This was stretched into a run of 16 victories in 18 matches, including a 2-1 home triumph over leaders Wolves in February, which drew them level at the summit with Stan Cullis’s ruthlessly efficient Molineux machine – Charlton contributed the late winner – and a 6-1 Good Friday drubbing of Portsmouth at Old Trafford to lift the Reds to the top of the table with only six games to play.
An astonishingly unlikely fairytale seemed possible, only for Busby’s boys to falter in the final straight, losing at Burnley, then dropping further points at Luton and Leicester, allowing Wolves to stretch away to lift the crown by a six-point margin. Still, United cemented second spot emphatically, five points clear of third-placed, Arsenal, a sensational effort given the calamity that had overtaken the club so recently.
Praise was heaped on Charlton, and deservedly so, but Viollet’s tally of 21 goals and Scanlon’s 16, with Bradley adding a dozen in only 24 games, were also massively valuable, while Quixall’s modest return of four did not reflect his colossal input as the deep-lying play-maker.
At the back, Gregg was a tower of strength in goal, though the usually rock-like Foulkes was not at his most commanding at right-back, not relishing the captaincy and struggling grittily through his ongoing trauma as a crash survivor. Recognising the problem, Busby gave him a rest in the spring before recalling him at centre-half – ultimately his specialist position, in which he was to taste serial glory in the years ahead – for the last few games.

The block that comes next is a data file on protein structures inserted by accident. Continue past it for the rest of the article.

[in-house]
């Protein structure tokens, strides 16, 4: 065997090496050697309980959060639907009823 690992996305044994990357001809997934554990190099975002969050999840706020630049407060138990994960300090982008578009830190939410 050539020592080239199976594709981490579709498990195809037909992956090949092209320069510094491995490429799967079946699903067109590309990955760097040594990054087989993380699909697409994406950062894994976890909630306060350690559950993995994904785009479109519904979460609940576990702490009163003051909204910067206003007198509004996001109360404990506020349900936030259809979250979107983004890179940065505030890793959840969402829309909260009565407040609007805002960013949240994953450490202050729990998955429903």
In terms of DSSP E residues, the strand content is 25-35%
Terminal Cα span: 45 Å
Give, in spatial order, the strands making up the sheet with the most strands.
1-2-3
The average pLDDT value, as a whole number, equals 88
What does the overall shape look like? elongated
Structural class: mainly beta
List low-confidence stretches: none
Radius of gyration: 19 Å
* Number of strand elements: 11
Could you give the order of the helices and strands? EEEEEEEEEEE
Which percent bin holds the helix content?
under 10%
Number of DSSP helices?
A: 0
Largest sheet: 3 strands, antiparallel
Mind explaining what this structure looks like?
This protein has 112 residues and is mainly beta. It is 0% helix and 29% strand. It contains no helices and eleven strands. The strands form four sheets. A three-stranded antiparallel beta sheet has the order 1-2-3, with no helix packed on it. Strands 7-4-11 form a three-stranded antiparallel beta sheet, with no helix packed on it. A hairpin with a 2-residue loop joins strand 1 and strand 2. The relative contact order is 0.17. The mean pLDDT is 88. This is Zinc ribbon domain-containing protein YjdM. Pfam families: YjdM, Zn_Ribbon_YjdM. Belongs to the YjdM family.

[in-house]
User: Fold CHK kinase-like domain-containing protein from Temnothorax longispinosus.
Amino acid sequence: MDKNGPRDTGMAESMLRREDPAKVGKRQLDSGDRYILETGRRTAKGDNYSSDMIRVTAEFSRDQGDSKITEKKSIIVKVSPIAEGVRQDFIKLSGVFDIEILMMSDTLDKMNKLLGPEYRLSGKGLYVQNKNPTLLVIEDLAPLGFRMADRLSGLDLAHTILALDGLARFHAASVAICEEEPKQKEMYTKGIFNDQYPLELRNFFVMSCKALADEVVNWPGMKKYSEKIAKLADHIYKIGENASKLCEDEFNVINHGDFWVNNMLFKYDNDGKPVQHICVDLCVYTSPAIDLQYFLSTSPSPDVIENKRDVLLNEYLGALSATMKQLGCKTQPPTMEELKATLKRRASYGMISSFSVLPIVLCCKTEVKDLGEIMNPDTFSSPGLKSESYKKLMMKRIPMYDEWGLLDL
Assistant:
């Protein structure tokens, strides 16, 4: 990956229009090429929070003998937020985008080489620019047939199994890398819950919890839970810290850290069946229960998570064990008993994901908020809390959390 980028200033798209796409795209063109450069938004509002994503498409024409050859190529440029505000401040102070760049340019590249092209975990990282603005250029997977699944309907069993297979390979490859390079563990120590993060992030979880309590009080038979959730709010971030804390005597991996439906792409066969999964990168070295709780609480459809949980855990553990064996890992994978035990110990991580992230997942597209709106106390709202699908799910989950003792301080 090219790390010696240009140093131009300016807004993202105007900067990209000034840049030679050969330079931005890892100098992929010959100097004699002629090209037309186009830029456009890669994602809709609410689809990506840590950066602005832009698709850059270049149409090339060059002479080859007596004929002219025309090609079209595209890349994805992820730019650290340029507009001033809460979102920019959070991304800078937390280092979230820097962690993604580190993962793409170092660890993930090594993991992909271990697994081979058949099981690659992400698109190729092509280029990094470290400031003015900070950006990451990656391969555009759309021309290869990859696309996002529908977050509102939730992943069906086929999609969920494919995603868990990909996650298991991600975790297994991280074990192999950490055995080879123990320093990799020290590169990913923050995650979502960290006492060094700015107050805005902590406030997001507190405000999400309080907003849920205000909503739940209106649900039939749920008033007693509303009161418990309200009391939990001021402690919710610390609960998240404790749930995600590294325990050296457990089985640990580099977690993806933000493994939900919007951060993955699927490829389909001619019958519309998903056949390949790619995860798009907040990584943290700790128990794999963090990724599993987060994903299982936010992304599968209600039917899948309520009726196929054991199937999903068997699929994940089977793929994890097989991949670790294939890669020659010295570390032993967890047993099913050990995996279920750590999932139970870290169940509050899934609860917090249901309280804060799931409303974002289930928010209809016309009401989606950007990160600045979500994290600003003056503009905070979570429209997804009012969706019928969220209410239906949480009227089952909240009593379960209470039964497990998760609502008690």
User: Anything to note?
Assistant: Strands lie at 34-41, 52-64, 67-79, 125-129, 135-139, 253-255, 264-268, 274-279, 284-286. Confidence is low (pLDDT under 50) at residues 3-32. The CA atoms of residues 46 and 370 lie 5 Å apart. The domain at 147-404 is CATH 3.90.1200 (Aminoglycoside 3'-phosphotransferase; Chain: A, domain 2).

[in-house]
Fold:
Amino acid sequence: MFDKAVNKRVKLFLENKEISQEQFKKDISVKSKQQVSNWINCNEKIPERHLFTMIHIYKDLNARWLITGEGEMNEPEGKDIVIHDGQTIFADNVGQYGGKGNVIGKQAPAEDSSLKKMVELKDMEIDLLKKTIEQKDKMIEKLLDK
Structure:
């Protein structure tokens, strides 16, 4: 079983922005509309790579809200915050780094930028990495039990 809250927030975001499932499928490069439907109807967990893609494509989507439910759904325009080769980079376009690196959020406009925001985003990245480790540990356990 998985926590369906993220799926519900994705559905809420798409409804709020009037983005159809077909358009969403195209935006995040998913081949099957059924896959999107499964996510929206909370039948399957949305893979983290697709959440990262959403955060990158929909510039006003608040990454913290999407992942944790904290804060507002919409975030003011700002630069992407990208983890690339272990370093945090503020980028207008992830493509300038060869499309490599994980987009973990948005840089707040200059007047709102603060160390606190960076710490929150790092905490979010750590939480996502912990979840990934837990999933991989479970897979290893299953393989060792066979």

There were mammoth contributions, too, from two other full-backs, Ian Greaves and Joe Carolan, while Ronnie Cope was a classy central bulwark and Freddie Goodwin laboured shrewdly at right-half. Meanwhile young Wilf McGuinness – destined ultimately to briefly succeed Busby as Old Trafford boss – enjoyed the finest season of his career at left-half, granted his first extended senior run following the death at Munich of his close pal Duncan Edwards.